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Irina Mataeva as Tatyana and Emil Wesołowski as O*** [Photo © Teatr Wielki — Opera Narodowa/Stefan Okołowicz]
20 Jan 2015

Yevgeny Onegin in Warsaw

Mariusz Treliński’s staging of Tchaikovsky’s operatic masterpiece is visually fascinating but psychologically confusing

Yevgeny Onegin in Warsaw

A review by Jonathan Sutherland

Above: Irina Mataeva as Tatyana and Emil Wesołowski as O***

Photos © Teatr Wielki — Opera Narodowa/Stefan Okołowicz


For some strange reason Tchaikovsky’s Yevgeny Onegin has recently been subject to the same directional quirks and aberrations that used to be reserved almost exclusively for the works of Wagner. Carrying on the bad old traditions of German directors such as Harry Kupfer and Hans Neunenfels, most of the recent culprits seem to have sprung from Poland. There was Michał Znaniecki’s aquatic staging in Bilbao and Zagreb; Krzysztow Warlikowski’s ‘Brokeback Mountain’ Yev-gay-ny in Munich (which certainly outraged the good Catholic burghers of Bayern) and pre-dating them all, Mariusz Treliński’s visually exciting but seriously flawed interpretation for the Polish National Opera in Warsaw in co-production with the Palacio de las Artes Reina Sofía in Valencia.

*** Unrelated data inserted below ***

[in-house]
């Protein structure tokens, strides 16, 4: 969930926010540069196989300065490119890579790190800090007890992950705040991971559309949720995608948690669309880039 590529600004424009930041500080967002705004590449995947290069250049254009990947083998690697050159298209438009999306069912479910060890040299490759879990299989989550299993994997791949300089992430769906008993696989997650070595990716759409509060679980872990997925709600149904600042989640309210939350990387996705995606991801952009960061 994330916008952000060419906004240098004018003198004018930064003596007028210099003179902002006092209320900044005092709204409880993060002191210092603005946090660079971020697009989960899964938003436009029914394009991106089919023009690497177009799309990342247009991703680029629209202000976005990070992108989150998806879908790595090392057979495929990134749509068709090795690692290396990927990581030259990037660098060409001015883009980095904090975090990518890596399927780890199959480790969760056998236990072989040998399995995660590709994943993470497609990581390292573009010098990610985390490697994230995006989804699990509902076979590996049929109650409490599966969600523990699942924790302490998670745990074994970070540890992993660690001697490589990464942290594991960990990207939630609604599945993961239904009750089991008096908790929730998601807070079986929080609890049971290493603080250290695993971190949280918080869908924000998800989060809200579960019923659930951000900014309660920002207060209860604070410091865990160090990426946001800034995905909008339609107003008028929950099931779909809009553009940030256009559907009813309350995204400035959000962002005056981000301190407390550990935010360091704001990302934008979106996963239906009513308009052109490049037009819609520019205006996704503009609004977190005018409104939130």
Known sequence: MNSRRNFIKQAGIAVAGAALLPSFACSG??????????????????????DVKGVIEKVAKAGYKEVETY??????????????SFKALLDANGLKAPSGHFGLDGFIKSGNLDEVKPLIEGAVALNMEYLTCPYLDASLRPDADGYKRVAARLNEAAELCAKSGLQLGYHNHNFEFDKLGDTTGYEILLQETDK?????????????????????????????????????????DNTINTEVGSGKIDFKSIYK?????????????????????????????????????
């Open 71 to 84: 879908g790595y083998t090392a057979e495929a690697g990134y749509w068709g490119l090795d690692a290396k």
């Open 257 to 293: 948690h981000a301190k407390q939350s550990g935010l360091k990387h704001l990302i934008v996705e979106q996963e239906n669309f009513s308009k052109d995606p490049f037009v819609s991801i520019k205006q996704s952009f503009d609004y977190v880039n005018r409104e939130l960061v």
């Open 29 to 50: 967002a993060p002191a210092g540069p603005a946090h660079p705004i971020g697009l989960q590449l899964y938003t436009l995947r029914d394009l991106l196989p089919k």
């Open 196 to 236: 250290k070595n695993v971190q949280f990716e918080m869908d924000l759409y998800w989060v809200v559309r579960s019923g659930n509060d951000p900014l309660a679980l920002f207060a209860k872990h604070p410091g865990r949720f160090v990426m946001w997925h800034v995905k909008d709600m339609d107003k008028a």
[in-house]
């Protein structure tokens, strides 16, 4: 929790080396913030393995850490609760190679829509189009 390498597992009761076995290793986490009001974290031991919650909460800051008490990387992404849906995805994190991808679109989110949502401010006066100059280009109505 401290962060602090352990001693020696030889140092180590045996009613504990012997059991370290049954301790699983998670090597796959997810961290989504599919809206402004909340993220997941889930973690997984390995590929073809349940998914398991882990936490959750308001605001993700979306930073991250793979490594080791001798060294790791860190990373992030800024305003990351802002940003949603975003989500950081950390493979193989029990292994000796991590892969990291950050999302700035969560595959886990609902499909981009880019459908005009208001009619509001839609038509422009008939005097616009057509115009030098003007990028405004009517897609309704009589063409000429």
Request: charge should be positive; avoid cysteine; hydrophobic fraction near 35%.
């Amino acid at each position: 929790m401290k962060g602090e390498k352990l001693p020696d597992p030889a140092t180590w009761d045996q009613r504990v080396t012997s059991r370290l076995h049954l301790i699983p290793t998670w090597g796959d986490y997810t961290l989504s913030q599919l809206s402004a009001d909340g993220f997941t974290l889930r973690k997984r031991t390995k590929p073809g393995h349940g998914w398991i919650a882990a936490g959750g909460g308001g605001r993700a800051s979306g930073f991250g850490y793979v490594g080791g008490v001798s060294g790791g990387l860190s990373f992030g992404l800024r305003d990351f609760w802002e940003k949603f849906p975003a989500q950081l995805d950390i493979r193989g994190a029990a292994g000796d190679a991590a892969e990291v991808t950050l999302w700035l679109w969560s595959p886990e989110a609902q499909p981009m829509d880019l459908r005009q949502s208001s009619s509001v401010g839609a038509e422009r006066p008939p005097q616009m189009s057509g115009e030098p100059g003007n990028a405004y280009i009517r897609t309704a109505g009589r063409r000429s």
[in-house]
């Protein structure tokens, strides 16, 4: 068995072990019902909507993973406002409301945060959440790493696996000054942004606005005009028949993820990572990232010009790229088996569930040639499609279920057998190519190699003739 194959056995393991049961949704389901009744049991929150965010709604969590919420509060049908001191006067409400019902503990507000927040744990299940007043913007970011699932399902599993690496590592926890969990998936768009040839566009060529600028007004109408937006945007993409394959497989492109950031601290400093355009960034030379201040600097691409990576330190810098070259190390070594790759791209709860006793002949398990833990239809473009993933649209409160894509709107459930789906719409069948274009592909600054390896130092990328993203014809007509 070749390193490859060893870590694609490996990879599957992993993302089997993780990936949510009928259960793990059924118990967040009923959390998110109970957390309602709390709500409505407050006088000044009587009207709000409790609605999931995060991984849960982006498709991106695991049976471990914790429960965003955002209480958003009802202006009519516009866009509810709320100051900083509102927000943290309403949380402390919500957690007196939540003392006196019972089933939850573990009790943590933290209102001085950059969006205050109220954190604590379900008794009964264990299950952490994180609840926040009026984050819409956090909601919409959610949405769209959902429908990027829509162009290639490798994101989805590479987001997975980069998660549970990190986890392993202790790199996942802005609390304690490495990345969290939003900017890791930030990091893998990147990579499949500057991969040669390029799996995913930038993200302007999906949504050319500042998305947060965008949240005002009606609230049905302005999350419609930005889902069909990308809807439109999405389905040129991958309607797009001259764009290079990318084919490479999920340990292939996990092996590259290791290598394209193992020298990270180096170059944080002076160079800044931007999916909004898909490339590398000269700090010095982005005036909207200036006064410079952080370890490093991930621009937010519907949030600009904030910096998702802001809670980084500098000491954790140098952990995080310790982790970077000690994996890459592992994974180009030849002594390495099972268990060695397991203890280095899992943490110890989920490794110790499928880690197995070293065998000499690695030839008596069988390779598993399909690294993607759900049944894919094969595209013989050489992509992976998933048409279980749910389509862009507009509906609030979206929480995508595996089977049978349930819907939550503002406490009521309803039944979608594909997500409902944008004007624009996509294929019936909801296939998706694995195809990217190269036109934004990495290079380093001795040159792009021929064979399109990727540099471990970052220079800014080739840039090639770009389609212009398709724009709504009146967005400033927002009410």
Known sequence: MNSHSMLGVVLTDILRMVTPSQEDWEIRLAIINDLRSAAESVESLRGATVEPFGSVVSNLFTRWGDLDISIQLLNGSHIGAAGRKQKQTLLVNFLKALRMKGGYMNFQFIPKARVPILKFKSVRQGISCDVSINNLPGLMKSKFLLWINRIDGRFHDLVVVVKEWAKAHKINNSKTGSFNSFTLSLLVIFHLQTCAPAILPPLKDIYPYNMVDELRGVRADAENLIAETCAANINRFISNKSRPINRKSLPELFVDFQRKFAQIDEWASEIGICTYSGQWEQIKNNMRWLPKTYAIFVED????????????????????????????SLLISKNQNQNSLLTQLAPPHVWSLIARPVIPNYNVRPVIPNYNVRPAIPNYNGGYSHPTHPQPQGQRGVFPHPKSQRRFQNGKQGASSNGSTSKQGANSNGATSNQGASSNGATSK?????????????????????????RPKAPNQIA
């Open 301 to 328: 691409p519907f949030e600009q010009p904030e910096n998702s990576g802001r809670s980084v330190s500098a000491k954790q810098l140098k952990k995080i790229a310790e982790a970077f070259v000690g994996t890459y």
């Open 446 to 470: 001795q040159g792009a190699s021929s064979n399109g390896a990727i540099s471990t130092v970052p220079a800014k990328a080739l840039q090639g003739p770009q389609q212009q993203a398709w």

Mr Treliński’s most obvious and definitely annoying directional digression was the introduction of a non-speaking, omnipresent, white-clad, walking-stick-wielding spectral character listed in the programme as ‘O***’ (definitely not ‘O’ for Onassis). This repellent, diabolical, bald-headed ogre seemed at times to be a benign version of an old Onegin as a passive observer of past events (similar to Kasper Holten’s recent concept for Covent Garden) and at others, a truly Mephistophelian figure stage-managing every detail of the drama with absolute and brutal malevolence. Mariusz Treliński is a celebrated Polish film director and now Artistic Director of the Polish National Opera. Somehow he seems to see no problem in the ambiguity of the soi disant ‘superfluous man’ character as both passive observer and aggressive avatar puppeteer. At the opening of Act 2 O*** wears a large Anubis-like face mask and forces Tatyana to put on a black blindfold before leading her to the ball. Portents of death abound, either psychological or corporeal. He then puts the same blindfold on Lenski and dances with him too — clear inspiration for Krzysztow Warlikowski and the ‘Brokeback Mountain’ Onegin boys in Munich. O*** is positively vulture-like when he thrusts a sheet of paper at Tatyana in the Letter Scene and terrorizes her into completing the missive. Her important psychological state of nervous introspection, adolescent insecurity and romantic impetuosity are completely subsumed by this gratuitous distraction.

Irina Mataeva as Tatyana Act I Sc.2.pngIrina Mataeva as Tatyana